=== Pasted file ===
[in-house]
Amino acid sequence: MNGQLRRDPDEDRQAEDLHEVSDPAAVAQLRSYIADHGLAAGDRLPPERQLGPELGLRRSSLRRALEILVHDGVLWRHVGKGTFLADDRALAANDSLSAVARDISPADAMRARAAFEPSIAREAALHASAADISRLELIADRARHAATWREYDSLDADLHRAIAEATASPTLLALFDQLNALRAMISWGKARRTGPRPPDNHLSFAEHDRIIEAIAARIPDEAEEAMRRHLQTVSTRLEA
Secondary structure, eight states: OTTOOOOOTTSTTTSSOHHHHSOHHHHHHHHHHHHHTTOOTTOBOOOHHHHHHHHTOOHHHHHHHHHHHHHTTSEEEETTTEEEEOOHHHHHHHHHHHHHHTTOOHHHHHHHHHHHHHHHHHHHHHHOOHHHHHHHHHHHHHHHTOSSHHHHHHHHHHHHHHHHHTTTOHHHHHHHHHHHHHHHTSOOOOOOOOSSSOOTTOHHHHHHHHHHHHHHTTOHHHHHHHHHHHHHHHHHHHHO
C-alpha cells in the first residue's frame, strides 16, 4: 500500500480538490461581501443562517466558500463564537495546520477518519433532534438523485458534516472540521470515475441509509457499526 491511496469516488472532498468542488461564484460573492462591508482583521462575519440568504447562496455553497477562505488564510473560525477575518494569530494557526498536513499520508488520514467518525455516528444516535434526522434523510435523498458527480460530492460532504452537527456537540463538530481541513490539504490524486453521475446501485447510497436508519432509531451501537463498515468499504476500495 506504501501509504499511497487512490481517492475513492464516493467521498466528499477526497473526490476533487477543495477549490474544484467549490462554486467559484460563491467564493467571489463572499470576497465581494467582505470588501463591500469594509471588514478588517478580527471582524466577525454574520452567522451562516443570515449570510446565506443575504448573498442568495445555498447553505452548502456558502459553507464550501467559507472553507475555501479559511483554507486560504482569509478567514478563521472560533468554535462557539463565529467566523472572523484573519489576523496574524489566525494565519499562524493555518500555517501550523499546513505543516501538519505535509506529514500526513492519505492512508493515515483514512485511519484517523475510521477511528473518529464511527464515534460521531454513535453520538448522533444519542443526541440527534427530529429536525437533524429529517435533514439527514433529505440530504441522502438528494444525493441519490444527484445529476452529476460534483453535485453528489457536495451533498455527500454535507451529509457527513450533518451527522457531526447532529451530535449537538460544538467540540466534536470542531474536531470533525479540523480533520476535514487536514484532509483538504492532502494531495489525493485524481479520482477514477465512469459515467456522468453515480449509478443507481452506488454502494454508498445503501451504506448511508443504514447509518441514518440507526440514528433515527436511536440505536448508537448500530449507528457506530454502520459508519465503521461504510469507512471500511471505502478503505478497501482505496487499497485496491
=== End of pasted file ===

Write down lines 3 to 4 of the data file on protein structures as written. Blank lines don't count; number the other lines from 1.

Secondary structure, eight states: OTTOOOOOTTSTTTSSOHHHHSOHHHHHHHHHHHHHTTOOTTOBOOOHHHHHHHHTOOHHHHHHHHHHHHHTTSEEEETTTEEEEOOHHHHHHHHHHHHHHTTOOHHHHHHHHHHHHHHHHHHHHHHOOHHHHHHHHHHHHHHHTOSSHHHHHHHHHHHHHHHHHTTTOHHHHHHHHHHHHHHHTSOOOOOOOOSSSOOTTOHHHHHHHHHHHHHHTTOHHHHHHHHHHHHHHHHHHHHO
C-alpha cells in the first residue's frame, strides 16, 4: 500500500480538490461581501443562517466558500463564537495546520477518519433532534438523485458534516472540521470515475441509509457499526 491511496469516488472532498468542488461564484460573492462591508482583521462575519440568504447562496455553497477562505488564510473560525477575518494569530494557526498536513499520508488520514467518525455516528444516535434526522434523510435523498458527480460530492460532504452537527456537540463538530481541513490539504490524486453521475446501485447510497436508519432509531451501537463498515468499504476500495 506504501501509504499511497487512490481517492475513492464516493467521498466528499477526497473526490476533487477543495477549490474544484467549490462554486467559484460563491467564493467571489463572499470576497465581494467582505470588501463591500469594509471588514478588517478580527471582524466577525454574520452567522451562516443570515449570510446565506443575504448573498442568495445555498447553505452548502456558502459553507464550501467559507472553507475555501479559511483554507486560504482569509478567514478563521472560533468554535462557539463565529467566523472572523484573519489576523496574524489566525494565519499562524493555518500555517501550523499546513505543516501538519505535509506529514500526513492519505492512508493515515483514512485511519484517523475510521477511528473518529464511527464515534460521531454513535453520538448522533444519542443526541440527534427530529429536525437533524429529517435533514439527514433529505440530504441522502438528494444525493441519490444527484445529476452529476460534483453535485453528489457536495451533498455527500454535507451529509457527513450533518451527522457531526447532529451530535449537538460544538467540540466534536470542531474536531470533525479540523480533520476535514487536514484532509483538504492532502494531495489525493485524481479520482477514477465512469459515467456522468453515480449509478443507481452506488454502494454508498445503501451504506448511508443504514447509518441514518440507526440514528433515527436511536440505536448508537448500530449507528457506530454502520459508519465503521461504510469507512471500511471505502478503505478497501482505496487499497485496491